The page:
by Bryce Towsley - Friday, October 24, 2014
Nicely done! All your planning came to fruition, and you just shot a deer. If it didn’t drop within sight, though, the high-fiving may be premature. What you do next will determine whether you go home with fresh venison or just a sob story.
After the Shot
Try to stay focused on the deer. Watch it as long as you can. Before you leave your stand, pick a clear landmark where you last saw the deer. Also pick a landmark where the deer was standing when you shot.
Go to where you last saw the deer, and look for blood. If you fail to find any, go to where the deer was when you shot and search.
If that still doesn’t work, get back in your stand and double-check to make sure you were looking in the right places. It helps if you have another person you can direct to the location while you are in the stand.
When you find blood, look at the amount, the color and the location.
Bright red, almost pink, blood is well-oxygenated and is usually lung blood. Darker red is from muscles or maybe even a heart shot. Remember, though, as blood is exposed to the air it can change color quickly.
Look for the location. Is it high up on the bushes and far out from the trail? That might indicate arterial spurting. Does it seem to be in the center of the tracks, even though you took a broadside shot? That might be lung blood leaking out the deer’s nose and mouth. Is it in the track? Maybe it’s running down the leg.
Green, partially digested vegetable matter indicates a gut shot. Resist the tendency to keep tracking that deer. Leave quietly and come back in the morning, or at least six hours later. A gut-shot deer will lie down very quickly and if you leave it alone will die in that bed. But if you keep pushing and jump it, that deer will turn into the Terminator, unable or unwilling to die—and it could run for miles.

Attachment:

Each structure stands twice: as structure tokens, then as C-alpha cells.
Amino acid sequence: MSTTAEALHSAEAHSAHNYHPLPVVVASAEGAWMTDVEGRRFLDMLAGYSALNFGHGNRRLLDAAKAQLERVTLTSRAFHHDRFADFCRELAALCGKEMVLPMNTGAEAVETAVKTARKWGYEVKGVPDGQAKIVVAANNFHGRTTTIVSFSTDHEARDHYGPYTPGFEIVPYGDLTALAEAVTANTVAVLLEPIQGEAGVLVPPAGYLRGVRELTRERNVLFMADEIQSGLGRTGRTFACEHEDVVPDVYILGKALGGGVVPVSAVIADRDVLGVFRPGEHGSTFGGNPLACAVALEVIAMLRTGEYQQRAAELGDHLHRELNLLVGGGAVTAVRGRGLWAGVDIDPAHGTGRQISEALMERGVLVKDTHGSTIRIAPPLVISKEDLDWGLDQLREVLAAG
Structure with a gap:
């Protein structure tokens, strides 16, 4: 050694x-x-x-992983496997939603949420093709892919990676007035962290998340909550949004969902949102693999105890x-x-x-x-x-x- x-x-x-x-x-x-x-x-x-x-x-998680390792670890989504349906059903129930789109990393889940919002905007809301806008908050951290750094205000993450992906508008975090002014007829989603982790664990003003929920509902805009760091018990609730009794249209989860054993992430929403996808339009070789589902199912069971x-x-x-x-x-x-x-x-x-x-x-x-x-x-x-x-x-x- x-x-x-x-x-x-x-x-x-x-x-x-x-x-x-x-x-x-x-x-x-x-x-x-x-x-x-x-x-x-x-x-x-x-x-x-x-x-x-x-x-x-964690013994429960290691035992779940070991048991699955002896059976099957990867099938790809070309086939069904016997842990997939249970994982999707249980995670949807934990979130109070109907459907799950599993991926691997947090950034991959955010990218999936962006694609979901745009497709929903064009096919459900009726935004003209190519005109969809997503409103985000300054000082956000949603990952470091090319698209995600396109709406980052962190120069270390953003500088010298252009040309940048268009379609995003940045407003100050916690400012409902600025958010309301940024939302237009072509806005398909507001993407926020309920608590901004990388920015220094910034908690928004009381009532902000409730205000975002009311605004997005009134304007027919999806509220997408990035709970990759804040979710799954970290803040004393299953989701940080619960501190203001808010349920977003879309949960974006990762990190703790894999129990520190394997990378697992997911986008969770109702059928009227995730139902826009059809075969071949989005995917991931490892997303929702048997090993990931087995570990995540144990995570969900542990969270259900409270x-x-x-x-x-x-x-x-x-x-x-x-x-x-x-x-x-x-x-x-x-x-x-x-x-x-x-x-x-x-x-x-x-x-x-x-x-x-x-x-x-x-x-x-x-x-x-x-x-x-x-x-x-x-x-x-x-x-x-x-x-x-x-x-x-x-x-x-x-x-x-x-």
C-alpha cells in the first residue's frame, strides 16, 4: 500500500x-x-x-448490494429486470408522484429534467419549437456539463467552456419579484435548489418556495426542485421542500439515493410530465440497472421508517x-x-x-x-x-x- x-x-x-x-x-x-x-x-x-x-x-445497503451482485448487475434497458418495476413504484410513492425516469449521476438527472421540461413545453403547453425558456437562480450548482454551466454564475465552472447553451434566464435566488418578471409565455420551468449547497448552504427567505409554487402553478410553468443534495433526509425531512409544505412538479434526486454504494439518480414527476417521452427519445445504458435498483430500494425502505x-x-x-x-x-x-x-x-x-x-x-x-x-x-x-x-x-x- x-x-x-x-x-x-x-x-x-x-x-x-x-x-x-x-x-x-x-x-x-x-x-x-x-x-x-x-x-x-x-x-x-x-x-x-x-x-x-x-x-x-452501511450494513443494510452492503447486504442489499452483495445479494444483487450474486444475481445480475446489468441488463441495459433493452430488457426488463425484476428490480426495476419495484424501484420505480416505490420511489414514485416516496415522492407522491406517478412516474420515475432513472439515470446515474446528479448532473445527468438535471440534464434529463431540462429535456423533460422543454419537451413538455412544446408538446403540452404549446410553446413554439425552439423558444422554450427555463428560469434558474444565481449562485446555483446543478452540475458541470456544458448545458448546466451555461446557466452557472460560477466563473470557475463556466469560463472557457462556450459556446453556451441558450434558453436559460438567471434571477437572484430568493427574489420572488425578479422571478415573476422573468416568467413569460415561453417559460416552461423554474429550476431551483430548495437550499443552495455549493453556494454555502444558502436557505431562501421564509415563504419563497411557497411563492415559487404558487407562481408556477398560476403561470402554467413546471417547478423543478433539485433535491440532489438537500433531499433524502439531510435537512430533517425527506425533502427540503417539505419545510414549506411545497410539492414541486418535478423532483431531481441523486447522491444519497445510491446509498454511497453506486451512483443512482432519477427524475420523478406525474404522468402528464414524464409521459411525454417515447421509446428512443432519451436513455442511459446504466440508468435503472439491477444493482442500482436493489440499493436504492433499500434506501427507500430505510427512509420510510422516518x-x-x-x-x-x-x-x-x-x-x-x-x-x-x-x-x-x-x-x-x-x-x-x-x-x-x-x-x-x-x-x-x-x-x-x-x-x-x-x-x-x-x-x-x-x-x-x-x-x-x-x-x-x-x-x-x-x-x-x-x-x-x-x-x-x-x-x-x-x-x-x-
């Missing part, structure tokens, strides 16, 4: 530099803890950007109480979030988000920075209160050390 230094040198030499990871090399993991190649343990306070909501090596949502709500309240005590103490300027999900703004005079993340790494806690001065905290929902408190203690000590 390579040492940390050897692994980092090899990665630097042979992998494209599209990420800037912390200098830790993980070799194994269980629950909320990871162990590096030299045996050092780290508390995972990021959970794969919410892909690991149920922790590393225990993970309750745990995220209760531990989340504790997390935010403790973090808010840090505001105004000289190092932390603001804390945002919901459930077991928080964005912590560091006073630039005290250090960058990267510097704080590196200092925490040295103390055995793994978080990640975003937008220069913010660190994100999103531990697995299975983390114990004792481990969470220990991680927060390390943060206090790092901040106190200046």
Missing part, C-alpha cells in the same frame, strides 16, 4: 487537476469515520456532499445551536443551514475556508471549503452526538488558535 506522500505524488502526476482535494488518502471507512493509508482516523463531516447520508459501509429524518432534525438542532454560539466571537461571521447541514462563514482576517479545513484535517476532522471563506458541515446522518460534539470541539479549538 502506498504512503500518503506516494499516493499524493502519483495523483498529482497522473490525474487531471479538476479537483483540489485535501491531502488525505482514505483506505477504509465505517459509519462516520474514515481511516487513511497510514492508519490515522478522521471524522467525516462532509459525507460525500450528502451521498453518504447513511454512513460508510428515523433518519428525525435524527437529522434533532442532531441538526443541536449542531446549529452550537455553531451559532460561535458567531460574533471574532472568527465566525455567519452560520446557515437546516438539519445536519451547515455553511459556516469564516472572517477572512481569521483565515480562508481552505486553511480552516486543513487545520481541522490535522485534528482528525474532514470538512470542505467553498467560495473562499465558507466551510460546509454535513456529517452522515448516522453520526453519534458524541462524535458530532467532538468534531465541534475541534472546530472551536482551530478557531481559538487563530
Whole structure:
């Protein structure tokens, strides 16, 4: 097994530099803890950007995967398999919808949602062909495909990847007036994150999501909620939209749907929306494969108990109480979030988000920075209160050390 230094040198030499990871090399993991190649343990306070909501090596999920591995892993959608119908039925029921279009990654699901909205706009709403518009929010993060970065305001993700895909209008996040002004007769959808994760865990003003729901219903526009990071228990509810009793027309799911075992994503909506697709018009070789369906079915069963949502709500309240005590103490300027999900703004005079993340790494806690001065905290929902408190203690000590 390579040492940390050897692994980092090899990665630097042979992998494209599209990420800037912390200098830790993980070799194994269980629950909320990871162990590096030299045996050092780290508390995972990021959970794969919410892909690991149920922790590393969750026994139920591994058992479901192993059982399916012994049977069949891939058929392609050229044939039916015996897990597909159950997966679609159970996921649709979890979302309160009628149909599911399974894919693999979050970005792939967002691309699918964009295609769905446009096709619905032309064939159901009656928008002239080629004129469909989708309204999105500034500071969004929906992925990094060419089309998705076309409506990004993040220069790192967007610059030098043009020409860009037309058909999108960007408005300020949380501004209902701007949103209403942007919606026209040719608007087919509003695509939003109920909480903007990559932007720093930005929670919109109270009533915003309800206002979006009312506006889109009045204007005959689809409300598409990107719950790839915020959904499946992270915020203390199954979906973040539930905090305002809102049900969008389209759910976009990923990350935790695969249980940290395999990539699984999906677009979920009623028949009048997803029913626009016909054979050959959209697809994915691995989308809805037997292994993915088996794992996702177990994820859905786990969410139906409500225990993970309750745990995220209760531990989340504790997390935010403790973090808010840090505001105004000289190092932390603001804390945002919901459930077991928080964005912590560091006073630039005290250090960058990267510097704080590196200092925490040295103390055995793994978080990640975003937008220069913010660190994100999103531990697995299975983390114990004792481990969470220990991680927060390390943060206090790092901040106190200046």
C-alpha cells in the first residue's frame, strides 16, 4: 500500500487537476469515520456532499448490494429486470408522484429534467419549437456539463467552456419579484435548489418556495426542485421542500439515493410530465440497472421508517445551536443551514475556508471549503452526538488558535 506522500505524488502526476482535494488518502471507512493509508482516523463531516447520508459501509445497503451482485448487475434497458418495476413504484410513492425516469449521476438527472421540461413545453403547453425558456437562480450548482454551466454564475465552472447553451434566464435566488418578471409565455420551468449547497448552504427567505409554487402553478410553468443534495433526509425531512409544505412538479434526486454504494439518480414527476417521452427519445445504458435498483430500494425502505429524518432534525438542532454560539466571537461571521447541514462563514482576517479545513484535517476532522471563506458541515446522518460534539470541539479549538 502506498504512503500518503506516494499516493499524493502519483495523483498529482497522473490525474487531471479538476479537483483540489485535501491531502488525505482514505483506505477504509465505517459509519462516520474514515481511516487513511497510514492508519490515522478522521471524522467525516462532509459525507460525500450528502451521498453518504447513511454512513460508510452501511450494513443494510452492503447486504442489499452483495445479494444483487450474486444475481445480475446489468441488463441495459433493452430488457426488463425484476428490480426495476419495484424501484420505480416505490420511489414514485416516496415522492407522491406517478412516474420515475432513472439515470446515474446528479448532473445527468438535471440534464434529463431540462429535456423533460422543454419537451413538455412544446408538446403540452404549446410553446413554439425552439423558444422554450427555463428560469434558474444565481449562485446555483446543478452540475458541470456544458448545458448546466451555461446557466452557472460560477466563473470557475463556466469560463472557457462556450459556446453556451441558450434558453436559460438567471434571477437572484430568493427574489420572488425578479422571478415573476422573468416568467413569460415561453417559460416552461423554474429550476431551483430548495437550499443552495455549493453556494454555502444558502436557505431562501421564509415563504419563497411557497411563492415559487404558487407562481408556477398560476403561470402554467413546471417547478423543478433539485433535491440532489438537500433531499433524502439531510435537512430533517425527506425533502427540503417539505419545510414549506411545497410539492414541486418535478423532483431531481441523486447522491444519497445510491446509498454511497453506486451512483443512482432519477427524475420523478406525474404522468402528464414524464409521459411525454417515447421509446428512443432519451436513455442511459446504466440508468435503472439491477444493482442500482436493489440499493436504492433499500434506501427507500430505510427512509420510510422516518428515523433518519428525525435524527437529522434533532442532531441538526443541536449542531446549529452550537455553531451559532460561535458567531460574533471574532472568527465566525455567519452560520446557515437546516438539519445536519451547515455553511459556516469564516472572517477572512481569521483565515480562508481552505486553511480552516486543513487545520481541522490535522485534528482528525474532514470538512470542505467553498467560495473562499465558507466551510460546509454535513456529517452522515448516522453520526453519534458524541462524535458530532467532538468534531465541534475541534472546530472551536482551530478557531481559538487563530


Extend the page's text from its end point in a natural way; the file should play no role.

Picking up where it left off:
Did you find pieces of bone? Trust me, it’s not ribs; it’s leg bone. You may get that deer, but it’s not going to be easy. Stick with it, be quiet and hope for another shot.
A lot of blood at the start of the trail that turns into a few drips, and then in a quarter-mile or so stops, usually means a low hit in the brisket. You are in for a long day with that deer, too.
Mark the Way
If the blood trail is tough to follow, mark the last blood you found with toilet paper so you can easily find it again. Often, if you line up several pieces of toilet paper you left hanging on branches you can see a clear direction of travel, which is a good place to continue the search.
Never use flagging material. I know you plan to come back and take it all down, but plans rarely work out. Toilet paper is biodegradable.
Watch Your Step
Be careful to walk to the side of the deer trail. You never want to step on the tracks or the blood. You may think you won’t need to come back and find them again, but you will probably be wrong. Leave all the sign untrampled.
When the Blood Stops
If you lose the blood trail, make wide, sweeping circles that start and end at the last place you found blood. Keep your eyes on the ground and miss nothing. If you fail to find the trail, make a bigger circle. Repeat as necessary.
When All Else Fails
A grid search is just what it sounds like. Divide the land into a giant grid, just like graph paper. The lines should be close together so that no part of the area is left unseen. Walk along these imaginary lines one by one until you find the deer, or some sign of the deer, or have walked the entire grid.
In the latter case, expand the grid and repeat. Look under every bush and in every brush pile. A mortally wounded deer will often crawl under cover and die there.
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